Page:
MINNEAPOLIS, Oct. 28, 2015 (GLOBE NEWSWIRE) -- Liquid chemicals are used everywhere today, and many of these costly and often dangerous fluids are packaged and transported in drums, jerricans and IBCs for delivery from the manufacturer to distributors or end users. How to transfer these chemicals from their bulk containers to process equipment or other vessels — safely, economically and sustainably — is the subject of this discussion and the seven industry examples that follow. The common open-system method of dispensing chemicals from bulk containers can be fraught with complications and even danger to people, processes and the environment. Spills caused by operator error or malfunctioning equipment can create slip-and-fall hazards and risk exposing workers to contact with hazardous chemicals. Fumes that escape poorly sealed bulk chemical containers during dispensing and change out can irritate or sicken workers. In addition to safety issues, the chemicals themselves may need protecting from contamination or oxidation during dispensing, particularly when the application requires purity, the media is highly valuable or it spoils due to contact with air.STANDARDS COMPLIANCE In addition to safety and economic concerns, many chemical dispensing applications also need to consider industry or government rules or guidelines. Regulating bodies such as the EPA, DOT, UN, FDA, NSF, OSHA and others often impact how chemicals are transported, stored and dispensed, as do industry standards that may require the use of animal-free materials and/or sustainable practices. OSHA addresses the management of highly hazardous chemicals (HHCs) in its guidelines for Process Safety Management (PSM). A performance-oriented standard, PSM is designed to protect workers and the workplace when a threshold quantity (TQ) of highly hazardous chemicals exists within an area under the control of an employer. Chemical dispensing — of industrial organics and inorganics as well as pharmaceuticals — is an activity that falls within this definition. For example, the chlorine used in potable water dosing applications has a TQ of 1500 pounds, making this application subject to PSM requirements for technologies and operating procedures that aid companies in complying with PSM guidelines.1 One way to mitigate both safety concerns and potential economic losses is to implement a closed (sealed) system for dispensing hazardous or costly chemicals. There are hundreds or even thousands of different bulk chemical dispensing applications, and each brings its own set of considerations when it comes to the rationale for closed system dispensing. To get a better handle on applying closed system dispensing for specific applications, the following profiles discuss dispensing considerations and goals in seven different industries and show how a closed dispensing system addresses both general and unique application considerations.PROFILE 1: JANITORIAL/SANITARY/CAR WASH Chemical dispensing in "jan-san" and car washing applications typically consists of transferring laundry soaps, bleaches, softeners, waxes and other janitorial or wash chemicals from drums to pump stations and then into equipment. Acid- and chlorine-based sterilants, sodium hypochlorite, surfactant-based media and a variety of other chemicals containing irritants are common to jan-san applications. Long-term exposure to fumes generated by these chemicals can lead to chemical pneumonitis and COPD, resulting in serious health concerns for workers.2 Spills of cleaning chemicals are a too-common cause of slip-and-fall accidents for workers and other building occupants. Consequently, the major dispensing goals in jan-san and washing applications are to reduce messes, fumes and wasted chemicals.PROFILE 2: SEMICONDUCTOR, PHOTOVOLTAIC/SOLAR, FLAT PANEL, LCD The semiconductor, photovoltaic, flat panel and LCD industries use many highly aggressive media during the various "wet" processing steps to produce the electronic devices used around the world. Ammonium hydroxide, NMP, TMAH, sulfuric acid, nitric acid, hydrofluoric acid and photoresists are a few of the chemicals used in the wet chemistry process. It is critical when transferring these high-purity, high-cost chemicals from drums and IBC totes to maintain purity and avoid cross contamination and oxidation when dispensing. Therefore, the dispensing goals for semiconductor and related applications are to protect chemicals and process from contamination (particularly contamination by metals, particles and lubricants), prevent oxidation by applying a nitrogen blanket gas and protect personnel from dangerous media.PROFILE 3: PHARMACEUTICAL The production of pharmaceutical-grade compounds requires the transfer of often costly sometimes-dangerous media from drums and IBC totes to process equipment. Surfactants, such as ammonium sulfate, glycerin and polysorbate; aqueous solutions, such as acetic acid, hydrochloric acid and sodium hydroxide; and solvents containing butanol, chloroform and methanol are common to the industry, as are the CIP (Clean In Place) sterilants used to clean equipment. The slightest contamination during production can ruin costly media during the growth of cultures. In these applications, it is critical to use materials that are FDA compliant, Animal Free or USP Class VI and manufactured in clean room environments. As a result, cost and contamination are the two biggest concerns in dispensing pharmaceutical chemicals. The dispensing goals for pharmaceutical applications are to protect chemicals and processes from contamination that can ruin test or production cultures and to protect personnel from exposure to dangerous fluids and fumes.PROFILE 4: WATER TREATMENT DOSING Waste water treatment and similar processing applications often involve the dosing of very small (less than 1 gph) amounts of chemicals to reduce or eliminate algae, to disinfect and neutralize effluent to improve water quality or to prevent corrosion. The chemicals used in these dosing applications include copper sulfate and iron salts in algaecides; chlorine dioxide in disinfectants; sodium hydroxide and calcium carbonate and diluted sulfuric and hydrochloric acids for controlling pH levels in neutralizing agents; and natrium hydroxide to prevent corrosion in municipal water supplies.3 It is essential to prevent worker contact with these noxious chemicals when transferring the fluids to dosing equipment, making the protection of personnel this industry's No. 1 dispensing goal.PROFILE 5: AUTOMOTIVE FLUID Transferring diesel exhaust fluid (DEF/ AdBlue), washer fluids, anti-freezes, wax, soaps and lubricants from drums in service centers and car washes are common dispensing applications related to automotive fluids. Although automotive fluids are typically less hazardous and costly compared to the chemicals used in semiconductor, pharmaceutical and water treatment industries, spills in these work settings can create safety hazards that lead to slips and falls and unpleasant odors in the atmosphere. The dispensing goals, therefore, are to protect workers and other building occupants from injury and employers/building owners from liability exposure.PROFILE 6: AGRICULTURE The use of chemicals in agriculture has greatly expanded food production, but at the same time, the use of these chemicals is an ongoing health and environmental concern. Fertilizers, insecticides, fungicides, rodenticides and herbicides, among others, are typical chemicals found in agriculture applications. Transferring these chemicals from jerricans, drums and IBCs to agriculture equipment can pose risks to workers due to contact or fumes and risks to the environment if unintended quantities are spilled. Implementing a dispensing system that addresses these worker and environmental hazards is a primary concern in agricultural applications.PROFILE 7: FLAVORINGS AND SCENTS The flavorings and scents used in the production of food, beauty products, household products and many other items usually consist of high-value chemicals and edible oils, flavorings and other media requiring the use of FDA compliant materials. These substances are typically transferred from drums and IBC totes to mixing vessels in the production of items as varied as coffee beans, e-cigarettes, perfumes and plug-in air fresheners. Due to the high costs of these chemicals (upwards of $1,000+ per container), it is important for producers to avoid oxidation through the use of a nitrogen blanket gas, contain fumes and extract as much chemical as possible when dispensing from shipping containers to mixing vessels in order to maximize production and prevent wasted product. Maintaining the purity of the chemicals is also a major concern for producers. Because the end products will be used and even consumed by humans, the purity of chemicals cannot be compromised. Many applications involving flavorings and scents prohibit the introduction of animal byproducts, making animal-free dispensing materials essential for achieving these applications' goals.HOW CLOSED SYSTEM DISPENSING ADDRESSES GENERAL AND UNIQUE APPLICATION CONSIDERATIONS A closed dispensing system is meant to minimize application concerns of chemical exposure and contamination during transport, dispensing and disposal. Such systems usually consist of a reusable coupler/dispense head that connects to an integrated bung plug with dip-tube assembly. The coupler should have a ported vent system for vapor management that allows make-up air or a nitrogen blanket gas into the drum or tote to replace the liquid being removed as well as an automatic shutoff valve that stops flow upon disconnection to prevent spills. The dip-tube system seals and travels with the container to the end user site. Once there, the coupler connects to the dip-tube assembly for dispensing. This makes it an ideal system for meeting some of the general dispensing goals in all of the preceding applications. A closed dispensing system addresses unique application concerns, as well.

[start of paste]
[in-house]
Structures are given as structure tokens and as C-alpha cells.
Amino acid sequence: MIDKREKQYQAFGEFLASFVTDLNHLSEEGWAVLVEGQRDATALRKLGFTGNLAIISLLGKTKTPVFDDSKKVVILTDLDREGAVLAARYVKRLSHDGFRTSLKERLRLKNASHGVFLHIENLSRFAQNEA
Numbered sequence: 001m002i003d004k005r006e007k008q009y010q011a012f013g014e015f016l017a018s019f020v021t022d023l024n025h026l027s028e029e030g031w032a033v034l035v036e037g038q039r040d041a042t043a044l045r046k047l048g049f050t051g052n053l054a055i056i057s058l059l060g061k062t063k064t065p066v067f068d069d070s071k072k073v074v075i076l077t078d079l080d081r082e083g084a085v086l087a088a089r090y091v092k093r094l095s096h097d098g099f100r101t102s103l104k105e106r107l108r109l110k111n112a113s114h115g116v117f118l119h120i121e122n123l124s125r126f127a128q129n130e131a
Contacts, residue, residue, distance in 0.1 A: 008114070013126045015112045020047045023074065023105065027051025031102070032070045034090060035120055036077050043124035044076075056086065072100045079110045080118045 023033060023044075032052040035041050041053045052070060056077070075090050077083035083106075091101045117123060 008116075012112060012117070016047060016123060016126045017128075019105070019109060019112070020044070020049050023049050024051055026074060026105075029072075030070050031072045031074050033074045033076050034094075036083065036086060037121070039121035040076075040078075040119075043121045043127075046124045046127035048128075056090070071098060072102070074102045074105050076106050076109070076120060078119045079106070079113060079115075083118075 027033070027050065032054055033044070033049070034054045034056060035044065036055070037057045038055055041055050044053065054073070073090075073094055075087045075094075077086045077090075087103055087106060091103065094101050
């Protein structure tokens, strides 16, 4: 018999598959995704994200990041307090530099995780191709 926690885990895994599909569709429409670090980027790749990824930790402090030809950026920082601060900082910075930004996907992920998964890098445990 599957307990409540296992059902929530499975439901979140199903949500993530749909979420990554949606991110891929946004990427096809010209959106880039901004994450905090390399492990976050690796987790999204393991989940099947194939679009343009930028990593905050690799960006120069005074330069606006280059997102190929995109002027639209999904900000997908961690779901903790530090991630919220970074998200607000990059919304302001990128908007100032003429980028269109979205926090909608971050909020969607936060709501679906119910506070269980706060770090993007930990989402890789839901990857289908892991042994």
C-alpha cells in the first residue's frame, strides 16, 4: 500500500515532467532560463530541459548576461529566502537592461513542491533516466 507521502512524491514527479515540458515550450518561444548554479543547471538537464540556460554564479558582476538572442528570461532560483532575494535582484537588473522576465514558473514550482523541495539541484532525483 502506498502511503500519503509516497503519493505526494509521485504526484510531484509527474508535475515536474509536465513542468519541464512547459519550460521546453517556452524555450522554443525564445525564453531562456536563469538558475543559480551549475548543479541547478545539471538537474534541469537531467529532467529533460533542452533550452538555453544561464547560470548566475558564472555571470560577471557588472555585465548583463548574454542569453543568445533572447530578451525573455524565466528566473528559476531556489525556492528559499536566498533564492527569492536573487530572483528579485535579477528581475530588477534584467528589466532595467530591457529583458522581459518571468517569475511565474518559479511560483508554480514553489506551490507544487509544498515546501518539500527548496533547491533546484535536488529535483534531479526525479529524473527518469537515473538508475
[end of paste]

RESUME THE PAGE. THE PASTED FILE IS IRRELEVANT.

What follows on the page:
Conclusion A wide range of industries deals with the transport and mixing of hazardous and/or valuable chemicals, and closed systems dispensing can offer safety and other benefits for chemical handling, processing and shipping applications. Many manufacturers are routinely audited by the EPA, FDA and local governments to ensure their work environments are free of harmful pollutants. Integrating a bung plug with dip-tube assembly and a sealed coupler/dispense head can help establish a level of security within an operation, maintain a safe work environment for employees, and help provide superior contaminant-free products for customers.About CPC CPC's wide range of chemically resistant quick disconnect couplings and DrumQuik® closed chemical dispensing systems provide non-spill operation and improve employee and environmental safety in chemical management environments. Applications include water treatment, janitorial and sanitation, Diesel Exhaust Fluid (DEF) dispensing, semiconductor and pharmaceutical manufacturing as well as pump, filter and de-ionized water connections. DrumQuik PRO systems create a closed transfer system for general chemicals. Rugged and cost-effective DrumQuik dispensing systems minimize chemical exposure and facilitate the delivery of chemicals from bulk transfer containers to end use applications. For high purity applications, DrumQuik PUR provides the assurance of chemical compatibility and cleanroom assembly for contamination prevention.CPC (Colder Products Company) is the leading provider of quick disconnect couplings, fittings and connectors for the life sciences, bioprocessing, industrial and chemical handling markets. CPC is a business unit of Downers Grove, IL based Dover Corporation. For a free catalog or more information, contact: Colder Products Company, 1001 Westgate Drive, St. Paul, MN 55114. Phone: 651-645-0091. Toll-free: 800-444-2474. Fax: 651-645-5404. Web: cpcworldwide.com CPC, Colder Products, Colder Products Company and Dover are registered trademarks with the U.S. Patent & Trademark office.